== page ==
Died in Augusta, June 7th, Esther D., wife of Alverson Drury, age 56. Married 34 years, leaving him three sons and two daughters. She was a consistent member of the Methodist Church. The Rev. Perrin preached the funeral sermon.

July 7
Advertisement-For Sale-The beautiful residence of E. Laible on East Forest Ave. With beautiful grounds and shrubbery. Over 1000 trees adorn the premises. Ten acres of land-200 apple, 50 pear, 30 cherry, 50 peach, 20 plumb, and 300 fine bearing grapevines; also raspberries, strawberries, and red and white currents. Two greenhouses.

July 14
Detroit has 127,500 people in her Corporate limits.

July 21
Is there any remedy for the stealing of plants and the breaking off of slips by persons visiting the Cemetery? It is getting to be a common occurrence and nearly everyone who has set out plants on their lots are continually annoyed by finding them broken or taken away entirely.

The annual announcement for the Medical Department of the University states, that the course has been extended to three years, with nine months in each year. (sic-the course and the University were not named).

July 26
Married July 18th, at the residence of J.W. Babitt, George W. Babitt and Jennie S. McRay. On this day, Dr. Babitt celebrated his 75th. birthday and also the forty fifth anniversary of his marriage. His son George very sensibly took into his head to be married on that day. And so he and his bride came from Jackson to our good City and the wedding and birthday were gleefully celebrated at one time.

July 28
The agony is over. The Railroad strike seems to have come to an end. Jackson is the only City in the State where the trains were stopped. Thursday was the most quiet day known for years on the Central. Only the passenger trains going west passed our City, The Jackson rioters have come to time. The Chicago trouble seems to have been exaggerated. It is too early to give causes for the strikes. The slaughter of human life and destruction of property at Baltimore, Pittsburg, Buffalo and other places are not meaningless or without food for reflection.

Last Sunday afternoon was one of special interest to the A.M.E. Church Sunday School. Mr. Richmond opened the exercises with. The elder pupils recited pieces in an impressive manner, showing great improvement. Remarks were made by D. B. Greene, Rev. Hardy, C.R. Pattison, Rev. Hawkins, and the Pastor, Rev. Bundy, interspersed by singing led by Miss Wortley. Mr. Hawkins has been a Disciple of Christ for 50 years. Fifty years ago, he was a slave in Alexandria, Virginia, and had been whipped for reading the Bible.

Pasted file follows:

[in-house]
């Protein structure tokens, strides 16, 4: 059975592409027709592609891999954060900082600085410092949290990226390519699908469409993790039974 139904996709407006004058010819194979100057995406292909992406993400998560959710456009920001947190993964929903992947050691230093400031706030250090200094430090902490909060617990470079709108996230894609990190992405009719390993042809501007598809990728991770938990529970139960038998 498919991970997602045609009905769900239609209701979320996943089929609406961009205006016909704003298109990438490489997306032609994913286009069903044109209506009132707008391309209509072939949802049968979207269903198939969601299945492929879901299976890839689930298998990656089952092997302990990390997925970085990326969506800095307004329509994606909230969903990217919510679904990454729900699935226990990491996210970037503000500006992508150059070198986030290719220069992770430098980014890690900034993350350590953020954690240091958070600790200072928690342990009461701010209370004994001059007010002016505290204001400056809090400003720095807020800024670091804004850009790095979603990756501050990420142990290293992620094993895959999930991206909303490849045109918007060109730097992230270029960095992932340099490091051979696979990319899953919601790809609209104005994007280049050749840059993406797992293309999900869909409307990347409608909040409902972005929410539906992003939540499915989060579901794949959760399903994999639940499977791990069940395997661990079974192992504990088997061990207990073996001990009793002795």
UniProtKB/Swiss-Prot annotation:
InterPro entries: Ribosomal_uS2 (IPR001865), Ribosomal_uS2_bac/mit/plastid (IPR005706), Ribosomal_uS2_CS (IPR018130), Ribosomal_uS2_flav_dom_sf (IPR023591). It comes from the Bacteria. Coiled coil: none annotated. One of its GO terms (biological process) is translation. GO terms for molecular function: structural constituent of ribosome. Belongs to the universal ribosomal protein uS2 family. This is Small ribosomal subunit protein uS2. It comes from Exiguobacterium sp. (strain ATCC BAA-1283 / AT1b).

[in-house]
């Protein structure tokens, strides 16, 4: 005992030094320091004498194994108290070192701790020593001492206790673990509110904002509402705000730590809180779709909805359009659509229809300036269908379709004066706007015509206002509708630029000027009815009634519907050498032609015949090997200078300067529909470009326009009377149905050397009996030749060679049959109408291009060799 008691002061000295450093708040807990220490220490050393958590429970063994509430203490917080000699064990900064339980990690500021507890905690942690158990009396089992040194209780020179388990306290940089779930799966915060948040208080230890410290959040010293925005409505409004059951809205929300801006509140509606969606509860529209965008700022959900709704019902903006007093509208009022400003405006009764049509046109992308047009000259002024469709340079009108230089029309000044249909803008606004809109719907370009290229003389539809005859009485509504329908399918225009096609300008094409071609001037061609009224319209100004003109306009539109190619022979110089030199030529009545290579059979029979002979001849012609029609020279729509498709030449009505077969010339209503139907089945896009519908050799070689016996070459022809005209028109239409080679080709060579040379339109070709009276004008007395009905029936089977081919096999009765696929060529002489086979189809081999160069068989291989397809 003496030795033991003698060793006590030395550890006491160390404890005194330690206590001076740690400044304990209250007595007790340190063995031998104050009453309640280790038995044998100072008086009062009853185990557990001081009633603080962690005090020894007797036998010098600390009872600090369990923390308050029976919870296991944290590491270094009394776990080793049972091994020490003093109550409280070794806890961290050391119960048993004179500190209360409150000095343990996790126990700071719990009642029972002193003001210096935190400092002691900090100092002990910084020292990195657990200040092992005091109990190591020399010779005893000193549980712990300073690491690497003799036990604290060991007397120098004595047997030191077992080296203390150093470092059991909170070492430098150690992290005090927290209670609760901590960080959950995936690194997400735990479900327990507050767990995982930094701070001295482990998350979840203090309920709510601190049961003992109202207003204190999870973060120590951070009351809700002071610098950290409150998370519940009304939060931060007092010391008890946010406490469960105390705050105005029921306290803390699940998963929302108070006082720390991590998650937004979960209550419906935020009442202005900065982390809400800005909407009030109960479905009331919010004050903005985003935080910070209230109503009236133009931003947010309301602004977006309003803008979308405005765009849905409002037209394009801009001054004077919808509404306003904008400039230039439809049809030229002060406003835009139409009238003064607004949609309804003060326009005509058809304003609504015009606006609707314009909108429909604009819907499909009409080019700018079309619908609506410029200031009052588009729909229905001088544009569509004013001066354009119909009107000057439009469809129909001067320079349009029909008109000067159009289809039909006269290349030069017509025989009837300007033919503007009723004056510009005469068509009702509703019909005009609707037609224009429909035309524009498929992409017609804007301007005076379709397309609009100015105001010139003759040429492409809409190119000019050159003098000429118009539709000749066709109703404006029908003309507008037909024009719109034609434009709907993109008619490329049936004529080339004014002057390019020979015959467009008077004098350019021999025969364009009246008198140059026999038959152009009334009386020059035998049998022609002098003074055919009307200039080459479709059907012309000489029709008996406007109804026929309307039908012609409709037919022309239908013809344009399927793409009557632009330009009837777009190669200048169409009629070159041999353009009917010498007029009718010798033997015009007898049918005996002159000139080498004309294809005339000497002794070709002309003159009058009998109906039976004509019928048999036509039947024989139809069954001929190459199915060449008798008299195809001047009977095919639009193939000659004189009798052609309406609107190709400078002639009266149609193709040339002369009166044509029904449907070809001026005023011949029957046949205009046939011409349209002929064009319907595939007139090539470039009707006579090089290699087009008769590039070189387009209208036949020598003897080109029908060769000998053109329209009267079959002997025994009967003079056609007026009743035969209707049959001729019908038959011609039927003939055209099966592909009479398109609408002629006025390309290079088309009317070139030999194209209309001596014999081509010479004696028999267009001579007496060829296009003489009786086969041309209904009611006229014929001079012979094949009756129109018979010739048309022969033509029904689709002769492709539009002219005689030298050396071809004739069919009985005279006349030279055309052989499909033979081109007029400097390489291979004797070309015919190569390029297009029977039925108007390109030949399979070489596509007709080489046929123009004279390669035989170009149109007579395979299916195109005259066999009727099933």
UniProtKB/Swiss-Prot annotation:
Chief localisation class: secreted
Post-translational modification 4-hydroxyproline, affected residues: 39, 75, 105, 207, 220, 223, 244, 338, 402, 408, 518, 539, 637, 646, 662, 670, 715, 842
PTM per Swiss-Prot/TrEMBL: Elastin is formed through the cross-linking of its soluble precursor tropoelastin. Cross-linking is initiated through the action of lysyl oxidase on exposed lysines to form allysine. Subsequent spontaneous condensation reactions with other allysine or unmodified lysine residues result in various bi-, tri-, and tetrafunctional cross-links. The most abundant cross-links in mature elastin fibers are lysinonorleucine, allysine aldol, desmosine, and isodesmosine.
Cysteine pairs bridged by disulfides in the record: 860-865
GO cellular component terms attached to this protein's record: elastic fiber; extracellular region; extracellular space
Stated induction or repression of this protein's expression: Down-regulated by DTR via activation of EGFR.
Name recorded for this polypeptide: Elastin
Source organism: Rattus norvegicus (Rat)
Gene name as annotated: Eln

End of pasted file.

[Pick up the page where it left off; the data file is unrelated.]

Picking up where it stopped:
August 2
Samuel Williams of this City, who expects to enter the University this Fall, will be the first colored man to enter the Literary Department of that Institution. He accompanied Capt. Lang to our city of Ypsilanti after the War, and has won the esteem of our entire community by persistent and well directed effort to obtain an education (Lapeer Clarion).

September I
Died-August 24, in Ypsilanti, Esther Simons, wife of Rev. George Simons, age 49. Esther Clark Simons was born in England, November 4, 1827. She joined the Primitive Methodist Church in her native country in May of 1840. She united with the Methodist Church in Ypsilanti in 1851.

A grand excursion by the A.M.E. Church to Saline last Thursday. A handsome sum was realized for the Pastor of the Church, Rev. Jason Bundy, who labored with great faithfulness. The Ypsilanti colored Cornet Band accompanied the excursion and on their return gave our citizens some fine music.

The worshipers at St. Lukes will be glad to get back to their Church again. Under the supervision of Q.E. Thompson and George Amsden, the Artist and decorator of Churches, few houses of worship present a more beautiful appearance.

Died-Charles Howe Wallace, August 29, in Ypsilanti. He was born February 11, 1812, in Thetford Township, Orange County, Vermont; he was the son of Daniel D. and Abigail Howe Wallace. Charles's first marriage was January 24, 1853, to Eleanore Chushing. Eleanore died September 1, 1861, and Mr. Wallace married Jennie Rice of Saline, September 18, 1862. The Wallaces lived in Saline until 1869, when they moved to Ypsilanti. Charles was successful in Real Estate and Insurance, and he also served sixteen years as Justice of the Peace, while living in Saline. He had come to Saline Township in 1832 from Livonia Township, Livingstone Co., New York. His home in Saline was three miles west of Saline on the Chicago Road. He lived at forty seven West Cross in Ypsilanti, which is in the present four hundred block.